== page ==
I have a thing about feet though so I really love a tight poodle foot that is clean with nails that are very short.

Temperment wise, poodles are actually quite comparable to GSD's, much of the difference is the way they are preceived and TREATED by their owners and the people around them. But the primary traits are there, stand their ground with strangers, friendly but without making overatures, cautious and protective but not terribly reactive. That kind of thing.

So, I guess Im asking, what did you have before and what did you love about that dog, that will probalby give a better idea if a poodle would be a good mix for your family, although, I find they tend to be VERY versatile in that mannor.
post #6 of 47
Thread Starter 
Quote:
Originally Posted by shannon0218 View Post
So, I guess Im asking, what did you have before and what did you love about that dog, that will probalby give a better idea if a poodle would be a good mix for your family, although, I find they tend to be VERY versatile in that mannor.

i have had, in order:

a beagle, daisy, though, honestly, i was very young when she died so i don't remember too much about her.

a cocker spaniel, oreo, whom i loved very much, very playful, affectionate, always by my side, though often a little too overzealous.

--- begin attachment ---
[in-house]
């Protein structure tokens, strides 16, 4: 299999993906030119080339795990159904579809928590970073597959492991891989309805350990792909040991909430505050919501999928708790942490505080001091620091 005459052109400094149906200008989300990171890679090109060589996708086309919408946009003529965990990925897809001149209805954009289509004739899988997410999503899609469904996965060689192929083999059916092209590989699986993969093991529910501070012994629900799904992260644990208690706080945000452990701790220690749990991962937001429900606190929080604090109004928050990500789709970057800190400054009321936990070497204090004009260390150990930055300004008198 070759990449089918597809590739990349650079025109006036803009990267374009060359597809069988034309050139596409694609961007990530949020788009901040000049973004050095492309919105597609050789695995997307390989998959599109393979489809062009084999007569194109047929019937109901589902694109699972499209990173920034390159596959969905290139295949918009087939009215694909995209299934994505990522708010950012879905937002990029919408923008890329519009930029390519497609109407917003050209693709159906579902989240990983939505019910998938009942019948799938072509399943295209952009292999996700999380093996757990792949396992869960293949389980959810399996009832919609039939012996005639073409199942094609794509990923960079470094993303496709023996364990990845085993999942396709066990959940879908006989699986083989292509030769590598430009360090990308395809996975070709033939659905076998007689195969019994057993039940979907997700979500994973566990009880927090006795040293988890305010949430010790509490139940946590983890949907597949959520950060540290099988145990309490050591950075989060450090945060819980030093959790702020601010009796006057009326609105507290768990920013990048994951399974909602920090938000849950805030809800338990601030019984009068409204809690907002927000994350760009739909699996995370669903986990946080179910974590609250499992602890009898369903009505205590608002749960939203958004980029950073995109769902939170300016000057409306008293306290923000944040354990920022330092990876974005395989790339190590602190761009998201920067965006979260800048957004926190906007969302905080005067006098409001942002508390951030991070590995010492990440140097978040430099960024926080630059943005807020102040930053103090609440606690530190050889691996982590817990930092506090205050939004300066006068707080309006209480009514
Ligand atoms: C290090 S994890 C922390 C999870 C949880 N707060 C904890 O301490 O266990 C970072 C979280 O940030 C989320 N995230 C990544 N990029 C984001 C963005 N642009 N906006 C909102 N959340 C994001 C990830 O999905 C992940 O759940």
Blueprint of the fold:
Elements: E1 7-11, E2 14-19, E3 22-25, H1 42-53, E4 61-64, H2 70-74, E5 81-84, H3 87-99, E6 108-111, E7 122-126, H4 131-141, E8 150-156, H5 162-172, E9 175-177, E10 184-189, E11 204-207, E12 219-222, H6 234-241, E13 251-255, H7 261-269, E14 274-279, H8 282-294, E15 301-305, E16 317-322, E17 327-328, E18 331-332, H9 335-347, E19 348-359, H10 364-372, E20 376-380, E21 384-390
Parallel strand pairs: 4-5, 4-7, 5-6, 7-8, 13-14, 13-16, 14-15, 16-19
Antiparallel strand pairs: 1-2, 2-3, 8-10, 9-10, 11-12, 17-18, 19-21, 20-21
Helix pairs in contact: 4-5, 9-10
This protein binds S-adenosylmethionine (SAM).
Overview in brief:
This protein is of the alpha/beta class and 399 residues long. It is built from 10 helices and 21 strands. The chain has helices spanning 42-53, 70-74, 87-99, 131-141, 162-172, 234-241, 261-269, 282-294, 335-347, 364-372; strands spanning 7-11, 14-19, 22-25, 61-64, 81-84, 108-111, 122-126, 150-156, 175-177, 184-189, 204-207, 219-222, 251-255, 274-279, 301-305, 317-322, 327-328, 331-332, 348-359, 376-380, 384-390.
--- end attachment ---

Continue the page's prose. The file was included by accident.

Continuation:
a dauchsand/blue tick hound mix (don't even ask me how that happened. i have always hoped that the mama was the hound), max, who was a great bouncy thing. he was, unfortunately, an outside only dog and i think that made him a little starved for attention.

a golden retriever, sherman, who was everything a golden should be, wonderfully loyal, affectionate, athletic, protective, gentle. she was truly our family dog.

a chihuahua, bump, who was my best friend. he is the dog who lives with my good friend now. though he was very chihuahua, he was oversized and behaved much more like a terrier. he is incredibly affectionate, a great watch dog (more like an alarm than a deterrant, though ), loves people, though maybe a little too brave.

i certainly do not mind "high maintenance" dogs. one of the biggest reasons we sent bump back to texas was so that he could enjoy being outdoors and not cooped up in an apartment with some walks along (often snowy) city street. and while i am definitely not looking for a lap dog, i do appreciate dogs that love their people and enjoy being near them. a dog that enjoys living in the house with lots of walks and frequent trips out to fields where they can run or a good long jog with me. i would love to give a home to a dog that can be a part of the family (as opposed to just an animal we feed and water, kwim?).